The law will determine how much child support will be owed from one parent to the other, based on guidelines written by our legislators in Harrisburg. Child support can be owed from one parent to the other, even if they are sharing the children 50/50. Child support is handled through the Domestic Relations offices in each county of our state. Parents can request child support either through an attorney or by going directly to Domestic Relations and asking for it. We can discuss these guidelines and the amounts you may be entitled to receive for your children, or may have to pay for your children.
The term “equitable distribution” refers to the fair division of assets and debts that accumulate during a marriage. Equitable distribution (affectionately referred to as “E-D”) is most times accomplished out of court and memorialized in a property settlement agreement. If no agreement can be made, the last resort is to have the court divide your assets and debts. We will discuss your options at our first meeting.
Spouses who make less money are entitled to receive monthly support from their higher-earning spouse. This monthly support may be called “spousal support” or “APL” (alimony pendente lite). Regardless of the title, we will discuss whether you may receive, or may have to pay, this monthly sum. And -- alimony does exist in Pennsylvania! Alimony is a payment from an ex-spouse to the other ex-spouse. Alimony is not relevant to every divorce. When we meet, we will discuss the circumstances of your life and the chance of alimony being involved in your divorce.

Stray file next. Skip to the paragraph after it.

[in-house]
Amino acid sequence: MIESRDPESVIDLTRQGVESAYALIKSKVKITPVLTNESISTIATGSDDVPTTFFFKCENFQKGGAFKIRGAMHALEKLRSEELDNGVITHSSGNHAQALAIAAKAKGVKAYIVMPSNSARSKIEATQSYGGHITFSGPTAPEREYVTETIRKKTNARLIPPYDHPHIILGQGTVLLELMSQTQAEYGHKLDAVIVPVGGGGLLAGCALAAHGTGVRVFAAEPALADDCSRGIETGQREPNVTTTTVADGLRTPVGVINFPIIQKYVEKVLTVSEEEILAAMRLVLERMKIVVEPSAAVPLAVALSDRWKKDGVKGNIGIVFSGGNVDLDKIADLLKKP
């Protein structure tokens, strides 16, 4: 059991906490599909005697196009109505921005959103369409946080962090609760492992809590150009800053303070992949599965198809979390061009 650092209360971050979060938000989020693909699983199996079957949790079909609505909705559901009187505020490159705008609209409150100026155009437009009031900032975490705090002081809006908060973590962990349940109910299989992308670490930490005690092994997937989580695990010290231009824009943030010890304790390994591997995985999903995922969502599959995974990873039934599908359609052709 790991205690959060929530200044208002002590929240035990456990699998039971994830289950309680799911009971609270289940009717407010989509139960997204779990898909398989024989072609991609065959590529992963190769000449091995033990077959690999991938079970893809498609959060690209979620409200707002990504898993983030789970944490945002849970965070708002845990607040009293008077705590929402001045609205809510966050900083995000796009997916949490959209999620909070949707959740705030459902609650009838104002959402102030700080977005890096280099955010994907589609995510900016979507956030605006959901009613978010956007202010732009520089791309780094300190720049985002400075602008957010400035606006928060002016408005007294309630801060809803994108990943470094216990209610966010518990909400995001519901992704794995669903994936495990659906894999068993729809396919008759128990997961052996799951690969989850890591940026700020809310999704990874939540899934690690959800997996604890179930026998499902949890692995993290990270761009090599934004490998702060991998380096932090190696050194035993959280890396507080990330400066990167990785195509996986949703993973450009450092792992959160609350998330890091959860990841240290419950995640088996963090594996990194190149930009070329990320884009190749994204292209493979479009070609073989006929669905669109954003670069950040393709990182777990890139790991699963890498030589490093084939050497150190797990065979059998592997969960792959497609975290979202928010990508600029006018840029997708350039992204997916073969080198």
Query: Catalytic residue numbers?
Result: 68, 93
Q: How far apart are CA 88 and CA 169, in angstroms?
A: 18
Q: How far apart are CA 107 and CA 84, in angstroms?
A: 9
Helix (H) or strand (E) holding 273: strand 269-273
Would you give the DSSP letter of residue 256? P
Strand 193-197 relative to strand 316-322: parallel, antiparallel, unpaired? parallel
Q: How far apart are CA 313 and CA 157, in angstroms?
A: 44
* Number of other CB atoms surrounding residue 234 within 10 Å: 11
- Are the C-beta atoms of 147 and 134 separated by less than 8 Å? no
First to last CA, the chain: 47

The process and procedures of divorce in Pennsylvania are not complicated. You will learn about no-fault divorce options and service at our first meeting.
Often the most emotional piece of a relationship, custody can be determined either through agreement or by a court. Different counties have different procedures for accepting agreements and for obtaining a final custody order. Almost all counties require mediation as the first step in the custody process. When we meet, we will talk about your county and its particular custody process.
At times a custody case turns into an adoption. A new spouse may adopt your child from a prior relationship, either with or without the consent of the other biological parent. We will discuss whether your custody case may qualify for termination of rights and an adoption.